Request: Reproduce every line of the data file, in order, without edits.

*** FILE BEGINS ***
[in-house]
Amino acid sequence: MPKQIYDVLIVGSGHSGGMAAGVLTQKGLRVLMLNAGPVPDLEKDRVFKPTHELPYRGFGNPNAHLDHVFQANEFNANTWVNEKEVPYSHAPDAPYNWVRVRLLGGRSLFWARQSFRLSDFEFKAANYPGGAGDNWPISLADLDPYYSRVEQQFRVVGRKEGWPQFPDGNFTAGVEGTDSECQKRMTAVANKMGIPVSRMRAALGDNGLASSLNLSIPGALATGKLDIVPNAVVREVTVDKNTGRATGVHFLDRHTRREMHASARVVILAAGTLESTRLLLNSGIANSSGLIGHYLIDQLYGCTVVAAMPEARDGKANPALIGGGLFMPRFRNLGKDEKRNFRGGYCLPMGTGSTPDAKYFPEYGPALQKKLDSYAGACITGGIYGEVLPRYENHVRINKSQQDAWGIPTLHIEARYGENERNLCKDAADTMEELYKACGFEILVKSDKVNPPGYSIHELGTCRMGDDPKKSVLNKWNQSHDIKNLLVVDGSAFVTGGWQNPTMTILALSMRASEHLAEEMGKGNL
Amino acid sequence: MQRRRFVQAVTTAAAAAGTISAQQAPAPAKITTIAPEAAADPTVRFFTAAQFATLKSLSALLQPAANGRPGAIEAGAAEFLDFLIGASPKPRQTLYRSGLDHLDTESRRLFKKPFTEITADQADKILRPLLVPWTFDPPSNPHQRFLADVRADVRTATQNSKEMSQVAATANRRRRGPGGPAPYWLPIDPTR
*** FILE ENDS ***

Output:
[in-house]
Amino acid sequence: MPKQIYDVLIVGSGHSGGMAAGVLTQKGLRVLMLNAGPVPDLEKDRVFKPTHELPYRGFGNPNAHLDHVFQANEFNANTWVNEKEVPYSHAPDAPYNWVRVRLLGGRSLFWARQSFRLSDFEFKAANYPGGAGDNWPISLADLDPYYSRVEQQFRVVGRKEGWPQFPDGNFTAGVEGTDSECQKRMTAVANKMGIPVSRMRAALGDNGLASSLNLSIPGALATGKLDIVPNAVVREVTVDKNTGRATGVHFLDRHTRREMHASARVVILAAGTLESTRLLLNSGIANSSGLIGHYLIDQLYGCTVVAAMPEARDGKANPALIGGGLFMPRFRNLGKDEKRNFRGGYCLPMGTGSTPDAKYFPEYGPALQKKLDSYAGACITGGIYGEVLPRYENHVRINKSQQDAWGIPTLHIEARYGENERNLCKDAADTMEELYKACGFEILVKSDKVNPPGYSIHELGTCRMGDDPKKSVLNKWNQSHDIKNLLVVDGSAFVTGGWQNPTMTILALSMRASEHLAEEMGKGNL
Amino acid sequence: MQRRRFVQAVTTAAAAAGTISAQQAPAPAKITTIAPEAAADPTVRFFTAAQFATLKSLSALLQPAANGRPGAIEAGAAEFLDFLIGASPKPRQTLYRSGLDHLDTESRRLFKKPFTEITADQADKILRPLLVPWTFDPPSNPHQRFLADVRADVRTATQNSKEMSQVAATANRRRRGPGGPAPYWLPIDPTR